I think the biggest challenge that health care reformers have faced in the past has simply been the fact that a significant portion of the population does not understand the health care system. For better or worse, it seems that health related issues have usually been overlooked or brushed over by politicians and the American public in favor of other topics, such as war, politics, or the economy. I know for me personally, I have never really been concerned with health care issues and until recently really had no idea of how the health system worked. Aside from children who have parents who work in the health care system or have experienced being in the health care system a lot, most children never really get taught about the American health care system the same way they are taught about financial literacy or American civics. As a result, most people don’t really have any exposure to health care unless they get really sick. A study from the National Academy of Sciences found that half of Americans were not aware of the health care exchanges set up by the Affordable Care Act and that forty percent were unable to accurately explain what a “deductible” was. Perhaps unsurprisingly, those of lower income tended to have less understanding of the health care system than those of higher income, making it even more challenging for reformers. Without knowledge of how an existing system works, it is very difficult to reform that system.
My understanding of the history of American health care is limited since I am only 17, but I consider the Affordable Care Act to be the biggest failure in US health care reform. Contradictory to its name, the Affordable Care Act has actually caused the price of health insurance premiums to increase for most people. One year after its passage, costs of premiums increased 9% on average, and four years after its passage, costs had gone up 59% on individual plans. In addition, the ACA has been unable to convince many uninsured people to sign up for health care. A study in 2014 found that only a quarter of people who purchased an Obamacare plan were uninsured the year before. In addition, half of uninsured respondents said that affordability was their main reason for not purchasing insurance. Lastly, the Affordable Care Act has caused many health insurers to lose considerable amounts of money and withdraw from many states. As a result, people in Alabama, Alaska, Oklahoma, and other states will only have one option for health care next year.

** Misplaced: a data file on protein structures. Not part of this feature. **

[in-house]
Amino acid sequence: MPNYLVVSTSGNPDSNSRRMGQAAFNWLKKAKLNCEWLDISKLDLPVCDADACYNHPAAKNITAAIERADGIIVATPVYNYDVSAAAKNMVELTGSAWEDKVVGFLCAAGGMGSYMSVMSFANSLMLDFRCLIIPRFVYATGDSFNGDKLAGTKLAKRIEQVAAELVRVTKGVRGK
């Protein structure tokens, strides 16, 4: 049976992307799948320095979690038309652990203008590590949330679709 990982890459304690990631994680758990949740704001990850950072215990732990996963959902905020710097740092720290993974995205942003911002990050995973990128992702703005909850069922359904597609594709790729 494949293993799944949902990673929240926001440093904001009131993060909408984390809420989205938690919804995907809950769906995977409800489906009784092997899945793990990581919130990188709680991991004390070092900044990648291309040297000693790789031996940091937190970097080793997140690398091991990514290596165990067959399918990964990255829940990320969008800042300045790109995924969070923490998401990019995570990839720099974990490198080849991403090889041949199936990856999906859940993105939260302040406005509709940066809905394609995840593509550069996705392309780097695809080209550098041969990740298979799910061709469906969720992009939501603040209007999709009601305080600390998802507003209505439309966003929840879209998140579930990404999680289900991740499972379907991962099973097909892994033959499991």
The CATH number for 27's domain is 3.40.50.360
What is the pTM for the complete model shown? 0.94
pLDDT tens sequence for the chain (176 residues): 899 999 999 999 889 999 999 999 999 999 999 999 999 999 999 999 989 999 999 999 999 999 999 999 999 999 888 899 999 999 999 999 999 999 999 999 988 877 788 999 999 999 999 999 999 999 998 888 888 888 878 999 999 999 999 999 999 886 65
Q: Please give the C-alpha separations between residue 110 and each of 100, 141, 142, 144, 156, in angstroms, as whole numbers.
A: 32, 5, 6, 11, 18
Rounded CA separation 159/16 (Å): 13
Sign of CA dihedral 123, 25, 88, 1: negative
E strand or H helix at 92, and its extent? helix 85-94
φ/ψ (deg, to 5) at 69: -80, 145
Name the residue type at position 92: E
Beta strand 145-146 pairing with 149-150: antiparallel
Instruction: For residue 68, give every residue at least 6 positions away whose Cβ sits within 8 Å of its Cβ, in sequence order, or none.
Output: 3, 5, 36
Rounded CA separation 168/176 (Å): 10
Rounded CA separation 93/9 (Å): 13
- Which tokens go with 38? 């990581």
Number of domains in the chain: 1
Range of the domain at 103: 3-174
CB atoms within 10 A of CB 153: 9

Unlike the Affordable Care Act, I consider the State Children’s Health Insurance Program to be a success and a demonstration of the effectiveness of incremental change rather than massive overhaul. After ten years under SCHIP, the percentage of children uninsured fell greatly, even as the number of uninsured people grew. Perhaps rather than pushing for huge changes at once, health care reform could look for specific areas to target and improve on gradually.